MUNICH — It was two years ago that a Kiev court sent Yulia Tymoshenko to prison for abuse of power. Ukraine's former prime minister had been running short on good press for some time as her lengthy power struggle with former president Viktor Yushchenko had tarnished her positive image as a symbol of the Orange Revolution.
But Tymoshenko's image would start to change yet again after her arrest. The political trial that followed, along with a series of politically motivated accusations, and a serious illness, rehabilitated her in the eyes of the West. From prison, she gradually became the face of the movement for those who wanted Ukraine to move closer to the European Union.
After the fall of the Soviet Union, the EU looked on its eastern neighbor with an almost maternal affection. Reform was slow in coming, as corruption hampered Ukraine’s development. Meanwhile, the elite were too friendly with Russia for the EU’s taste and the country’s industry was hopelessly antiquated. But the world’s attention was drawn back to Ukraine after the protests about rigged elections in 2004 led to the Orange Revolution.
The country was keen to cement ties with the West but didn’t want to lose its close relationship with Russia — an approach that Kiev’s foreign ministry calls “equidistance.” Viktor Yanukovych’s government tried to find a pragmatic solution to the country’s greatest dilemma: How could Ukraine reconcile its economic relationship with Russia and dependency on that country for energy needs, with greater openness to the European market?
When compromise means victory
Now Brussels has made an offer Kiev cannot refuse: an association agreement that could eventually lead to EU membership. Western standards, products, innovation and investment all come as part of the agreement, which should profit both parties, although the Europe's advantage may be mainly in transmitting western values to a post-Soviet country.
The Ukrainian people generally back the agreement, as do the majority of businessmen and opposition politicians. The agreement offers President Yanukovych — who will stand for re-election in 2015 — the chance to create a lasting legacy from his time in office. But it also conflicts with offers from Moscow: entry into the customs union, and eventually a Eurasian economic union.
The stakes are high for both sides. The Russian government is shaking its fist and issuing threats, but it is also making efforts to entice Ukraine towards stronger ties. If Moscow were to be pushed out of its former sphere of influence, it would set a precedent and therefore undermine the dream of a Eurasian union. However, Russia’s efforts are merely strengthening Brussels’ determination. Now the EU hopes that the long wished-for transformation will finally take place. Ukraine will be stabilized, democratized and pulled away from Moscow.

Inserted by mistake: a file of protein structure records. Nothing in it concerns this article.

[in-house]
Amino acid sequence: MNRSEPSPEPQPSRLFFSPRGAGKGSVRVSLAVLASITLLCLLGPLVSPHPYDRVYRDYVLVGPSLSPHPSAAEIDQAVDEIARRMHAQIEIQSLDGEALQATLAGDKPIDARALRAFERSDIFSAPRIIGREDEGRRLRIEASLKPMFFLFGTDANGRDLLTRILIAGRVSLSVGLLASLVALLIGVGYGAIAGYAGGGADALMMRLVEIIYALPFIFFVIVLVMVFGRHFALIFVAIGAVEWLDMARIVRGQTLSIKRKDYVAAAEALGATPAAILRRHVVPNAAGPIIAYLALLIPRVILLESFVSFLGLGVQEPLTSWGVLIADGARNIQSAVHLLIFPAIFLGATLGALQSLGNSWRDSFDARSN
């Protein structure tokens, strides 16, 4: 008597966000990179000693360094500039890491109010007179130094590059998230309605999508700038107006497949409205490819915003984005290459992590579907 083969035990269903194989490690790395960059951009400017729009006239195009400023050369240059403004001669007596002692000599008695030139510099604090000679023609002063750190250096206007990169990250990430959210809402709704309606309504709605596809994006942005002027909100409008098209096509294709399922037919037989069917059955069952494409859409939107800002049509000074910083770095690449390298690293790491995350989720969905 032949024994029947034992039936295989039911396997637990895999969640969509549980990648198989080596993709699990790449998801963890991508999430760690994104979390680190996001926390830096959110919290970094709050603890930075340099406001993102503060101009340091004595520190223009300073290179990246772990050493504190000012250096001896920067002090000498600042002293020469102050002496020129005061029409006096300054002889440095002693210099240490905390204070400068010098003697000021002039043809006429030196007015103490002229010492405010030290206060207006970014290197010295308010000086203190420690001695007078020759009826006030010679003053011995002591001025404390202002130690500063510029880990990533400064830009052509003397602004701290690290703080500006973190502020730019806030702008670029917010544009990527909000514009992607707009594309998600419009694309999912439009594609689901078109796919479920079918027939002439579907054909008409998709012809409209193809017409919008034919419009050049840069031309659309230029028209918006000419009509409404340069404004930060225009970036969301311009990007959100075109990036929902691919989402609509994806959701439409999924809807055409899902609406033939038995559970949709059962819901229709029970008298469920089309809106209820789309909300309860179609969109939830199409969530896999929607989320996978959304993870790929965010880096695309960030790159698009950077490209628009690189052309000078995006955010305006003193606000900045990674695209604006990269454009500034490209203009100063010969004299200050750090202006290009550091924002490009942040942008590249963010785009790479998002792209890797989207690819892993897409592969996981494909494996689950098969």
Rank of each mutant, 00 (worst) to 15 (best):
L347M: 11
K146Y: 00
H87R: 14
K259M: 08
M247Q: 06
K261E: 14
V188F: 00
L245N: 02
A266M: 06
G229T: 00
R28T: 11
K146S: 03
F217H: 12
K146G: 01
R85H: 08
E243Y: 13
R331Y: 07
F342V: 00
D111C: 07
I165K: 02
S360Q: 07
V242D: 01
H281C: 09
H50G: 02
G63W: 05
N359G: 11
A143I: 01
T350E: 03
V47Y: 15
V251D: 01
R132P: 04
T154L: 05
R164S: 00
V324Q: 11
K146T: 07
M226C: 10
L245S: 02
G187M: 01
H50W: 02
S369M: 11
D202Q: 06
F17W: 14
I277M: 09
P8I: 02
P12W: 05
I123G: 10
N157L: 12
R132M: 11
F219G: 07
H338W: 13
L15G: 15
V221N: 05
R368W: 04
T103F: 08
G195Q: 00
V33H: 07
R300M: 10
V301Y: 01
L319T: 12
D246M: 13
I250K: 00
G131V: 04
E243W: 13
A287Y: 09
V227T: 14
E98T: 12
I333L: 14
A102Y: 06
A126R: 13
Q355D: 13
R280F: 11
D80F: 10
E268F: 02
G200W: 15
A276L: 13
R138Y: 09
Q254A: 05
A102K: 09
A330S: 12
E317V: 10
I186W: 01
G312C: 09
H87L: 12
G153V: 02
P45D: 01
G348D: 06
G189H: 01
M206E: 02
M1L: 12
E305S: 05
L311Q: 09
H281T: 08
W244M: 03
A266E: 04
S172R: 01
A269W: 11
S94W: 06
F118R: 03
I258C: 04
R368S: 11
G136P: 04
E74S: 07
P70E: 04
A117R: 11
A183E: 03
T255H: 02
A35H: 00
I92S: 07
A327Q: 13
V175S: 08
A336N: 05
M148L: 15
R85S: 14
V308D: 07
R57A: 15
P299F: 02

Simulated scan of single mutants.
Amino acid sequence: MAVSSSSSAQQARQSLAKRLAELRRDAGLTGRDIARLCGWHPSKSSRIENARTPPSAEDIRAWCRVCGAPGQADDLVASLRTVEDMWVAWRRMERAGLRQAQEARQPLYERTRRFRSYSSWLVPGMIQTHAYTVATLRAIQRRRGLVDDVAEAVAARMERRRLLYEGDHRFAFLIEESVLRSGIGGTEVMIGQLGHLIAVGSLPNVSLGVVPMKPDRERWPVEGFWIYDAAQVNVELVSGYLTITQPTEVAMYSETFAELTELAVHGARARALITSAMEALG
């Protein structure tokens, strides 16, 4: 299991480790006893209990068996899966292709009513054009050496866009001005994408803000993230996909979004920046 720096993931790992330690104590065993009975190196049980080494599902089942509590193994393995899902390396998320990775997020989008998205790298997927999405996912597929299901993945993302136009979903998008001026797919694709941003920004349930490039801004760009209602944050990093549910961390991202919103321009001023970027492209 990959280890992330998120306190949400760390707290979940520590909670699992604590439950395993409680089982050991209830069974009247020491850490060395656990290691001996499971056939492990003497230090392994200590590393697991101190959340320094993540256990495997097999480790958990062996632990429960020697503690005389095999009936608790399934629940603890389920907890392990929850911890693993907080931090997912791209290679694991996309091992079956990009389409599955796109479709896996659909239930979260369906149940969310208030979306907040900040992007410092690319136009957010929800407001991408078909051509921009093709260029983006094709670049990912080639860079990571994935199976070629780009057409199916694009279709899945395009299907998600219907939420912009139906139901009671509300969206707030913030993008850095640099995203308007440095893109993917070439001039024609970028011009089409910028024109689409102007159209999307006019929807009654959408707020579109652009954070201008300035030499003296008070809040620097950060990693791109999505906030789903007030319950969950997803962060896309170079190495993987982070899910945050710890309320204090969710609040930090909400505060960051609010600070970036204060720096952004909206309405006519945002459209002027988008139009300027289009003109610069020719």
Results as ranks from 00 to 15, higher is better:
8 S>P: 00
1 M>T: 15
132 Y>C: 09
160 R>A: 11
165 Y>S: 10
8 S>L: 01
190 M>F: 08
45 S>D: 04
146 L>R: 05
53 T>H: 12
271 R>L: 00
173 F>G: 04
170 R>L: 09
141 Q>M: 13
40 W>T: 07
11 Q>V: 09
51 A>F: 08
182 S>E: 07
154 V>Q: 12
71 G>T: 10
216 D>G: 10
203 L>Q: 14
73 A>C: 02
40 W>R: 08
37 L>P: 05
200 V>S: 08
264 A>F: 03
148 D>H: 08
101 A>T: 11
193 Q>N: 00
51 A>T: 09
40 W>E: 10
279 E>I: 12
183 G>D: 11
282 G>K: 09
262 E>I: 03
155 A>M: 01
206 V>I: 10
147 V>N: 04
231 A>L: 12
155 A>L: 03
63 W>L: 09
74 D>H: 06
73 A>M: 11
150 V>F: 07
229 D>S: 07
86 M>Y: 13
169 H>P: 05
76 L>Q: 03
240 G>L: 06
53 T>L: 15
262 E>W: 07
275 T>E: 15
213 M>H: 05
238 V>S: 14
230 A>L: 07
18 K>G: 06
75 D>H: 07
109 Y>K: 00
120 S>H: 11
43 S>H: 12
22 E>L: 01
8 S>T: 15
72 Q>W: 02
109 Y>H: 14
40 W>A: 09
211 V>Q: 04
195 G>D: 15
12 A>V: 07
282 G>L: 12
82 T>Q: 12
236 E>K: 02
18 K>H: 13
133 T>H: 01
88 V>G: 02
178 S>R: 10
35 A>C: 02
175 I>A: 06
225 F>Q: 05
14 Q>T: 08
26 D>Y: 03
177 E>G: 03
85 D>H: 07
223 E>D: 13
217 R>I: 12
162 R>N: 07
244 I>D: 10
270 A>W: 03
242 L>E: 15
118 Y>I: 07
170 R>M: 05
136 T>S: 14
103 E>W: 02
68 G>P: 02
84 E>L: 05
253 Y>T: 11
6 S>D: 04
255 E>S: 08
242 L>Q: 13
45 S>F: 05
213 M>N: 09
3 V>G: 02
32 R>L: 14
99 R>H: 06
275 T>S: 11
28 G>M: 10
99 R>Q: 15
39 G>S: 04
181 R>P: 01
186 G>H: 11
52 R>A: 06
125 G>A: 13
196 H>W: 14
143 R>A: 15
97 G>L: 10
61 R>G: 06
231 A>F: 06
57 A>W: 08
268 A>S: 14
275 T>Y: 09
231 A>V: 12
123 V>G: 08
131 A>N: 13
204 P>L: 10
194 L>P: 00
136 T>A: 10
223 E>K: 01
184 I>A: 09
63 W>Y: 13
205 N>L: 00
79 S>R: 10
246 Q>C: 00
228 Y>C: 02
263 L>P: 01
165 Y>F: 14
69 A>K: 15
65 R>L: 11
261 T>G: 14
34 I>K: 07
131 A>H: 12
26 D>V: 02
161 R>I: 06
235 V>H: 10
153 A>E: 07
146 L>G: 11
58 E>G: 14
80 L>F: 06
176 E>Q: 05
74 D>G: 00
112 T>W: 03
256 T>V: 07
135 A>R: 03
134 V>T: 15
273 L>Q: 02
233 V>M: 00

Yanukovych is in a good bargaining position. If the association agreement does not succeed, it would be a political debacle for the EU. Brussels' conditions for the agreement include reforms of the justice system and electoral law — but it seems likely these may be swept under the carpet in order to secure Yanukovych’s signature, perhaps by the end of November.
There is too much at stake for the EU to turn away. The human symbol of the negotiations, Yulia Tymoshenko, may have left the country by then to be treated for her spinal condition — although the president has not yet indicated whether he will issue a pardon. Brussels would have to content itself with this compromise, and Yanukovych may celebrate another small victory, as it is highly unlikely that his opponent will be able to stand against him in 2015.
Brussels and Kiev are heading towards an agreement, a victory for political realism. But there is still some hope left for the idealists. While this agreement would not transform Ukraine overnight, it would give the EU more influence and set Ukraine on the road to establishing democratic values in everyday life. And that, in the long run, would certainly be a significant victory.